This retrospective will include works for soloists and ensemble: "Mass II" and "El Divino Narciso" as well as songs for voice and piano. Carmen Helena-Tellez will be the music director.
LEONARD NIMOY THALIA
PETER NORTON SYMPHONY SPACE
95TH STREET AND BROADWAY
NEW YORK CITY
FRI. OCT. 23, 2015
The program will begin with one of the composer’s first compositions, “Death” – a song on poetry of William Carlos Williams from 1946, performed by the extraordinary soprano, Sharon Harms. Ms. Harms will also perform excerpts from the composer’s setting of Milton’s Lycidas, composed just last year, exploring micro-intervals and the resonances of the piano.
El divino Narciso (1998) is a dramatic cantata with texts from an allegorical play by the 17th century Mexican poet, Sor Juana Inez de la Cruz.
Mass II (1997) is a microtonal exploration of the words from the Latin Mass, expressed in different textures of voices, with clarinet, percussion, and electronic sound processing.
Together with Ms. Harms, the composer John Eaton and conductor Carmen-Helena Tellez have assembled a magnificent ensemble of world-class solo performers, including cellist Danile Barrett, clarinetist David Keberle, flutist Roberta Michel, pianist Christopher Oldfather, and vocalists Phillip Cheah, Bridget Parker, Stephen Ng, and Phoebe Haines, among others.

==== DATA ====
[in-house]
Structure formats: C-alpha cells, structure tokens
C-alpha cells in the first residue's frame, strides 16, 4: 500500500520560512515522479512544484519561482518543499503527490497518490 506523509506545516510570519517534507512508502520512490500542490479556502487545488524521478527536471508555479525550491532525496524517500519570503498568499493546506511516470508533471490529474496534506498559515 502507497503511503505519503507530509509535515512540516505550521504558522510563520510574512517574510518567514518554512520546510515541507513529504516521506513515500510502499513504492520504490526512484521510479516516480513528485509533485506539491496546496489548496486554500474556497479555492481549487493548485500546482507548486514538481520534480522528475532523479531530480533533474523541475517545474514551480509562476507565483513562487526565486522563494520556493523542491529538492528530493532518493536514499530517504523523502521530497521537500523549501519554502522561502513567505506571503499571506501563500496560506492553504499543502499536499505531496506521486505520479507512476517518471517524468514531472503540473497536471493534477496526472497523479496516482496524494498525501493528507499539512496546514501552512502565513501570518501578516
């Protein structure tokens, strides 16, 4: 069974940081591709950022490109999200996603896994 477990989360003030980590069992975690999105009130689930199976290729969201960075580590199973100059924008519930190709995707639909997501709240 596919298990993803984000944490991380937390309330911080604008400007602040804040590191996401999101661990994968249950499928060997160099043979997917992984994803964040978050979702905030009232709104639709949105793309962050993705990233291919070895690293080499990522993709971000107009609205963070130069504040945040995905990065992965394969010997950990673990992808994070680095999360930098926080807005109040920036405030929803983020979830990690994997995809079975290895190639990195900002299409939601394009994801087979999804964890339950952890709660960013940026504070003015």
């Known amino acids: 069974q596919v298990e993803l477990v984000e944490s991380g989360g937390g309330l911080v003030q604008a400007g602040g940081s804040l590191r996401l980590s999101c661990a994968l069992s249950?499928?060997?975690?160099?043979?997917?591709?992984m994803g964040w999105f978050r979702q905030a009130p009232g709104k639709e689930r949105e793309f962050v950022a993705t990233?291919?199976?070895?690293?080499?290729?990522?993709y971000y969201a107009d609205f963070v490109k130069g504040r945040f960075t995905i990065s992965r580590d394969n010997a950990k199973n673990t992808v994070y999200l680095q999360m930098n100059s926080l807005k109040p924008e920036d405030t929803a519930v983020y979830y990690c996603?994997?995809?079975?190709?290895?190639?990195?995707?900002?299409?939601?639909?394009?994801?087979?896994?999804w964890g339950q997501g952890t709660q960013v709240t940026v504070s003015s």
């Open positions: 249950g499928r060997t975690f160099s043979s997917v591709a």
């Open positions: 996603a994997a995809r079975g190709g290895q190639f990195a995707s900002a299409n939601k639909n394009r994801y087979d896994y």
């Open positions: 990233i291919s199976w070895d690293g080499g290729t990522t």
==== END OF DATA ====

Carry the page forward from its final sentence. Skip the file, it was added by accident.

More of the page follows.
The concert celebration is sponsored by Pocket Opera Players, with support from the New York Composers Circle, American Composers Alliance, and many generous donors.
John Eaton, Professor Emeritus, University of Chicago, is a composer with special interest in opera. Called "the most interesting opera composer writing in America today" by Andrew Porter in the London Financial Times, Eaton has penned over fifteen operas and garnered international acclaim as a composer and performer of electronic and microtonal music. Notable works include his television opera, Myshkin; and the operas The Cry of Clytaemnestra and The Tempest. In 1993 he formed the Pocket Opera Players, which has presented Pinocchio, Peer Gynt, Let's Get This Show on the Road, Don Quixote, Golk, Traveling with Gulliver, Antigone, Youth, Salome's Flea Circus, and "inasmuch..." Eaton is the recipient of several prestigious awards, including a MacArthur Foundation "genius" award in 1990. His music was chosen to represent the United States at the International Rostrum of Composers a quarter-century ago; since then, he has received a citation and award from the National Institute of Arts and Letters, three Prix de Rome Grants, two Guggenheim Fellowships, and commissions from the Fromm and Koussevitsky Foundations and the Corporation for Public Broadcasting. Eaton was Composer in Residence at the American Academy in Rome and taught at Indiana University Bloomington for twenty years and the University of Chicago for ten.